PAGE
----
Bouska says about one of out every six-persons in Cass County receives some type of assistance from the DHS. Over the past year, 787 households in the County have received food assistance through the DHS’ food stamp, or snack program. That means 1,826 individuals were served by the program, which brings in $200,000 per month, or nearly $2.5-million dollars to Cass County.

The Family Investment Program (FIP), which is the DHS’ smallest program, and offers cash assistance to families with children who meet certain income guidelines, averages 81 families, 199 recipients, and equates to $26,000 per month, or $300,000 for the past 12 months. Bouska says 2,480 persons in Cass County, are eligible for Medicaid, which brought in about $21.5-million dollars. All together, approximately $24-million dollars is being spent on households in the County. Bouska says that’s a fair amount of money coming in to the County, which has a ripple affect on the economy. For example, for every One-dollar in food assistance generates almost two-dollars worth of financial activity.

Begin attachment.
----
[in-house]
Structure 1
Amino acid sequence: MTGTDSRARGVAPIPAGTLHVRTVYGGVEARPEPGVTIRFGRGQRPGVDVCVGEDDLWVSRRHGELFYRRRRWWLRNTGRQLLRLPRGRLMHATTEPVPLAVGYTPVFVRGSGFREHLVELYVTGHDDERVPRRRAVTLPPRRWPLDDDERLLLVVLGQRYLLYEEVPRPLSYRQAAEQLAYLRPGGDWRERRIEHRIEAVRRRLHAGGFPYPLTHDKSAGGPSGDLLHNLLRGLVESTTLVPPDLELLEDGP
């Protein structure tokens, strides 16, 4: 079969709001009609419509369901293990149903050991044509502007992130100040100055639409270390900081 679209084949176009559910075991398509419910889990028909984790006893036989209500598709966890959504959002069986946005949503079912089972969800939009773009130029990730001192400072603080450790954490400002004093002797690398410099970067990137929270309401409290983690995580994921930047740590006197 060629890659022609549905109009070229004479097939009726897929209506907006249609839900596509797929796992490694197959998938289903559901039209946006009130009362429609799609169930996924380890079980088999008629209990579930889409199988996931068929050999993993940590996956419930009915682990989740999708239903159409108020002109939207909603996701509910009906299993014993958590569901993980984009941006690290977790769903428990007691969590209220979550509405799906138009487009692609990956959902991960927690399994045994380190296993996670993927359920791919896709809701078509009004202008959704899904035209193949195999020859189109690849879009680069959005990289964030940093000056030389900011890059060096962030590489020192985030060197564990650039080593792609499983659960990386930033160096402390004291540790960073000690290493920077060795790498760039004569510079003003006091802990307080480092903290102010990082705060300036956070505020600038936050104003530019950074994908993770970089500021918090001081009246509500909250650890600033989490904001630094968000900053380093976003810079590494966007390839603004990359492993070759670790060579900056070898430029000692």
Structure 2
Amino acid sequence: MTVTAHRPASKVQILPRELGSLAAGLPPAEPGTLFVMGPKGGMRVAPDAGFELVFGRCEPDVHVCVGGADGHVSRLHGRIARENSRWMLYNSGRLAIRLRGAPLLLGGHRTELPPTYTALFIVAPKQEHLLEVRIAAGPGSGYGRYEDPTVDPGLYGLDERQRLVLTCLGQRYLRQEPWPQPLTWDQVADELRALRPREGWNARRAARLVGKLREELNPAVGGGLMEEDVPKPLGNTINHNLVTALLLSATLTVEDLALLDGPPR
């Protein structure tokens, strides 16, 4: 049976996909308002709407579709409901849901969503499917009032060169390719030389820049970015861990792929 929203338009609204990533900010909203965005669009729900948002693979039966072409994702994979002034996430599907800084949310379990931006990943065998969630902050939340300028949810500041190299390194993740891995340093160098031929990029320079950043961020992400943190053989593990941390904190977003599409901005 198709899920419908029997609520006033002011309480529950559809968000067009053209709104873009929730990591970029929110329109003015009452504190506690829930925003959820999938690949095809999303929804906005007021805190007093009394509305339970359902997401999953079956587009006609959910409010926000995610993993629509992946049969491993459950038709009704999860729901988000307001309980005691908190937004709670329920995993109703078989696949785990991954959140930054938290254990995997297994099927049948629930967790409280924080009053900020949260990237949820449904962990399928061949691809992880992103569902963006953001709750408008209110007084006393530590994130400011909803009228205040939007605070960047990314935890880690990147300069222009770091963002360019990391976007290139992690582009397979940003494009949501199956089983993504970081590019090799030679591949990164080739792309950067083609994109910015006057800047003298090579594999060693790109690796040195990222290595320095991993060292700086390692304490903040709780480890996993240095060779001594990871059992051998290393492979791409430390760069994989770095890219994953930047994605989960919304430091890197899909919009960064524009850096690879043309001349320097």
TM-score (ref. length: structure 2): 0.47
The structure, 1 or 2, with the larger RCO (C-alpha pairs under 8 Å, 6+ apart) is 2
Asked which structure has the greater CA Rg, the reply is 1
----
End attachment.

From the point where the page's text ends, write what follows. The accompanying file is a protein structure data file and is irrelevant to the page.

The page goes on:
Bouska says last year’s cutbacks and restructuring in the Department of Human Services mean there are less people available to handle the increasing caseload’s they’re seeing. He says their regional staff now covers nearly double the amount of counties they did last year in western Iowa. He says they hope to maintain the staff they have until 2013, with any additional cutbacks.

The number of DHS offices in the region were also trimmed, from 18 to 12. Bouska says by the year 2013, there will be a new eligibility system that will replace the current, nearly 40-year old system, in anticipation of the “Affordable Care Act,” which could mean anywhere from 80-to 100,000- more individuals will be eligible for Medicaid.

Survey shows sluggish Midwest, Plains economy

News

September 1st, 2011 by Ric Hanson

OMAHA, Neb. (AP) – An economist says an August economic survey in nine Midwest and Plains states suggests slow to no growth in the region, but not a return to recession. The survey report released today (Thursday), says the Business Conditions Index (BCI) dropped to 52 in August from 54.1 in July. Creighton University economist Ernie Goss oversees the report.